The precise route Jabbar and his three family members took is unclear. But they arrived in Libya days before boarding the ill-fated boat there, aiming for their final destination: Italy.

Phone conversations between Anwar and Jabbar in the days leading up to the tragedy highlight the grim conditions faced by those making a trip controlled by a lucrative and all too often merciless network of international smugglers.

Riaz Haq said...

Former US President Obama slams Western hypocrisy over migrants

https://www.aa.com.tr/en/americas/former-us-president-obama-slams-western-hypocrisy-over-migrants/2929144

That more attention is being paid to Titanic submersible than migrant boat sinking off Greece is ‘rotten,’ he says
Ahmet Gencturk |

Former US President Barack Obama on Thursday slammed the hypocrisy of Western media concerning migrants and particularly in reference to the recent sinking of a migrant boat off southwestern Greece in which at least 82 people died and hundreds more are feared to have drowned.

The fact that more attention is being paid to a submersible carrying five people that vanished off the coast of Newfoundland, Canada while on a tour of the Titanic’s wreckage than the migrant boat sinking off Greece with up to 700 people on board is “rotten,” he said during an appearance in the Greek capital Athens. He came to participate in the Stavros Niarchos Foundation’s Nostos 2023 conference.

“That's an untenable situation. And, you know, the notion that we can't do something about that is simply not true. We know we can do things for these people," Obama said in reference to the migrant flow to developed countries.

Riaz Haq said...

Why #Indians don't want to be Indian #citizens anymore? More than 1.6 million Indians have renounced their Indian citizenship since 2011, including a whopping 225,620 in 2022 alone, averaging around 618 per day. #Modi #BJP #Hindutva
#chaos #anarchy
https://economictimes.indiatimes.com/nri/migrate/why-indians-dont-want-to-be-indian-citizens-anymore/articleshow/101418122.cms

"The principal reason why people migrate is economic well being. Everyone wants a better life and their hope is that they would find it in another country," Amit Dasgupta, former Consul-General of India in Sydney, told IANS.

"In sociology, this is referred to as 'the push factor'. You are pushed out to a place which offers better prospects," Dasgupta said.Many Indian students who go for higher studies abroad also end up settling there as these countries provide them better jobs with attractive pay scales.According to the latest Education Ministry data, more than 770,000 Indian students went abroad to study in 2022 -- a six-year high.

Also, many Indian students find it tough to find jobs after returning home, which is why they apply for permanent residency in their country of study.

More than 90 per cent of the students do not wish to come back to India, say estimates.When it comes to India's rich, they want to swim in foreign waters to diversify their fortune, set up alternative residencies, conduct business and pursue a better quality of life even though India continues to be an attractive environment for business activity and corporate growth.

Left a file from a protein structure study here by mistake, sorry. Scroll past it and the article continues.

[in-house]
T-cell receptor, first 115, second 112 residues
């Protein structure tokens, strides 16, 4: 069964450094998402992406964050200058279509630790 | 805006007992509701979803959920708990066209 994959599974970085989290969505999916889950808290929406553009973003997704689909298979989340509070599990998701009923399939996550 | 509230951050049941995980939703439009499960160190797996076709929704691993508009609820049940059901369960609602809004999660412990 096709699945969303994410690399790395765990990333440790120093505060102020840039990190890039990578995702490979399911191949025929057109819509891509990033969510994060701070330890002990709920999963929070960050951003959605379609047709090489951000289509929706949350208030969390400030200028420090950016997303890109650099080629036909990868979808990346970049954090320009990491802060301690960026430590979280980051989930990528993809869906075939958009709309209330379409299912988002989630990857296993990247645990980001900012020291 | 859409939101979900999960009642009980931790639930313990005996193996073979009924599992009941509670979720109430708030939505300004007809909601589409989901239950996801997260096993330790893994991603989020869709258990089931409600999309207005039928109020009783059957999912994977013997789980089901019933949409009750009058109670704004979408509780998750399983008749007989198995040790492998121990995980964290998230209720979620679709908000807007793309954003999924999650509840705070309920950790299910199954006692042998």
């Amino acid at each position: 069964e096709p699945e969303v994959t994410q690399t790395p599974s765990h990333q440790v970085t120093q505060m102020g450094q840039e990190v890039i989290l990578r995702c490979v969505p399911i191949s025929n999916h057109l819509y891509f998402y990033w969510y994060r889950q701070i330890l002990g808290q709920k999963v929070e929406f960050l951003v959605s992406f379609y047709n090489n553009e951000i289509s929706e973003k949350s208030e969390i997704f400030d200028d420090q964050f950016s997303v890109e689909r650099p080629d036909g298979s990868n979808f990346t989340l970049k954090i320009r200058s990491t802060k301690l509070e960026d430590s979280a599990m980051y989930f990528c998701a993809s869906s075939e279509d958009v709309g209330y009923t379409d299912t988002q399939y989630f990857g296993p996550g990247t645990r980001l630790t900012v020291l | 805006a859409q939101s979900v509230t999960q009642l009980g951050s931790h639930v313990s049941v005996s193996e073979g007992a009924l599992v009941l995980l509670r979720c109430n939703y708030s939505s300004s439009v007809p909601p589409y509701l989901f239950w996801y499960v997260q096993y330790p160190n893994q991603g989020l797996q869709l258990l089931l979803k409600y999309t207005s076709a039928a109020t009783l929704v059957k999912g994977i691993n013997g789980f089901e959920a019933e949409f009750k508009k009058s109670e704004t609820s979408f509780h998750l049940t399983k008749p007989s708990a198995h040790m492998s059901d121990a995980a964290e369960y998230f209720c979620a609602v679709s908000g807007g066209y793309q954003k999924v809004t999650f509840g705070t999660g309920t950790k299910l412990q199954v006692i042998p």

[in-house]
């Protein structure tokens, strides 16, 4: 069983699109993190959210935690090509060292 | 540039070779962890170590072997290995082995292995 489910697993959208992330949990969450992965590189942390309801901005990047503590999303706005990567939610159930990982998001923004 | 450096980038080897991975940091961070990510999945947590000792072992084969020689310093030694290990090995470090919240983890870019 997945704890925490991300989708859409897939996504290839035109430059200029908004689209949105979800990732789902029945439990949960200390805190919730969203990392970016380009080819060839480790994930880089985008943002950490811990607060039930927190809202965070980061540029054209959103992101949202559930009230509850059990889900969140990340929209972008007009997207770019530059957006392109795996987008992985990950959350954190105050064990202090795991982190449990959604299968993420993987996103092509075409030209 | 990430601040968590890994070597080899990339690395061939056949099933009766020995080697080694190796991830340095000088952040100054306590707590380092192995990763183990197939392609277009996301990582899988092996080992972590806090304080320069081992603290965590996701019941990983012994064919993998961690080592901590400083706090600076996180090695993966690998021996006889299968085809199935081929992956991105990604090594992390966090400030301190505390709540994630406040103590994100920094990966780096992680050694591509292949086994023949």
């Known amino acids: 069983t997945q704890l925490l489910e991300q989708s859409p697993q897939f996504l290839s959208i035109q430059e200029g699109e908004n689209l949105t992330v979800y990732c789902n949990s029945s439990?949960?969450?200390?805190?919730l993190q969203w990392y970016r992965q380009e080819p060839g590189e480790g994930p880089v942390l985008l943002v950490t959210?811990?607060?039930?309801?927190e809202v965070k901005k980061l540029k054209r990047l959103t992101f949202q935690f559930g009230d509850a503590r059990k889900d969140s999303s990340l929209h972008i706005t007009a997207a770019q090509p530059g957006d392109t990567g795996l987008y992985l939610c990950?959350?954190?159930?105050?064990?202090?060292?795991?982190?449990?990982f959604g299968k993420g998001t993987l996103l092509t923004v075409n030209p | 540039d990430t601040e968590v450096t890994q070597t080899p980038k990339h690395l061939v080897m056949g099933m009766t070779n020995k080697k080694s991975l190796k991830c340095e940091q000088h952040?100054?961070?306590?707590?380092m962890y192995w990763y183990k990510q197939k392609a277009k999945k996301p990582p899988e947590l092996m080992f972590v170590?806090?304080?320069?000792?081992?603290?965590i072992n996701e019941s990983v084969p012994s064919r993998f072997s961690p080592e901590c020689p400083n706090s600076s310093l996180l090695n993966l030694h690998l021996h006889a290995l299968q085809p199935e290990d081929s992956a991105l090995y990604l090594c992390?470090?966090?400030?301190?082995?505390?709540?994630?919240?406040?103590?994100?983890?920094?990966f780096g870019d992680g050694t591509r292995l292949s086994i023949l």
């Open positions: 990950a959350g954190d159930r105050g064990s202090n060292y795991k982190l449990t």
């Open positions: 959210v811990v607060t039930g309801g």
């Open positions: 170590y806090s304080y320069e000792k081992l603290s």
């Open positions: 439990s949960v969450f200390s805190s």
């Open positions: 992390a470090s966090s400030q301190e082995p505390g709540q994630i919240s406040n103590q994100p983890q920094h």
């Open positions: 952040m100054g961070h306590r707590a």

A 2020 Global Wealth Migration Review report said that among many reasons why people make the decision to migrate to other countries is safety of women and children, lifestyle factors like climate and pollution, financial concerns including taxes, better healthcare for families and educational opportunities for children, and to escape oppressive governments.A low passport score of a country can also make individuals emigrate.

A higher passport index ranking ensures one gets better access to travel visa-free to many countries.The Indian passport registered the largest global fall in the Passport Index 2023 -- ranking at 144th position this year with a mobility score of 70.

This means Indians can travel to 21 countries visa-free, and need a visa for 128 countries.In contrast, a Greece or Portugal residency card provides Indians visa-free travel across all Schengen countries.

Riaz Haq said...

Migrant workers in Asia approach pre-pandemic levels
Remittances to home countries in Asia-Pacific region hit record high in 2022

https://asia.nikkei.com/Spotlight/Work/Migrant-workers-in-Asia-approach-pre-pandemic-levels

In 2022, Saudi Arabia accepted a record 1.5 million workers from Asian countries and regions, according to the ADBI. This included more than 600,000 and 500,000 from Bangladesh and Pakistan, respectively. The UAE and Oman also accepted many workers from the two countries.


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For emerging and developing countries, remittances from migrant workers are now valuable sources of foreign currency apart from foreign direct investment and official development assistance. The remittances shore up personal consumption and capital spending.

India received the largest amount of remittances, followed by China and the Philippines. Tonga and Samoa in the South Pacific and Kyrgyz and Tajikistan in Central Asia received remittances equal to more than 30% of each country's gross domestic product. As Central Asian diaspora often work in Russia, they may continue to be affected by developments in the war between Russia and Ukraine.


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Bangladesh surpassed the Philippines as Asia's biggest supply of migrant workers in 2022 at 1.13 million. The number of laborers from the Philippines exceeded 1.6 million in 2016 and 2019 but declined in 2020. Despite a recovery to 820,000 in 2022, the Philippines fell behind Bangladesh.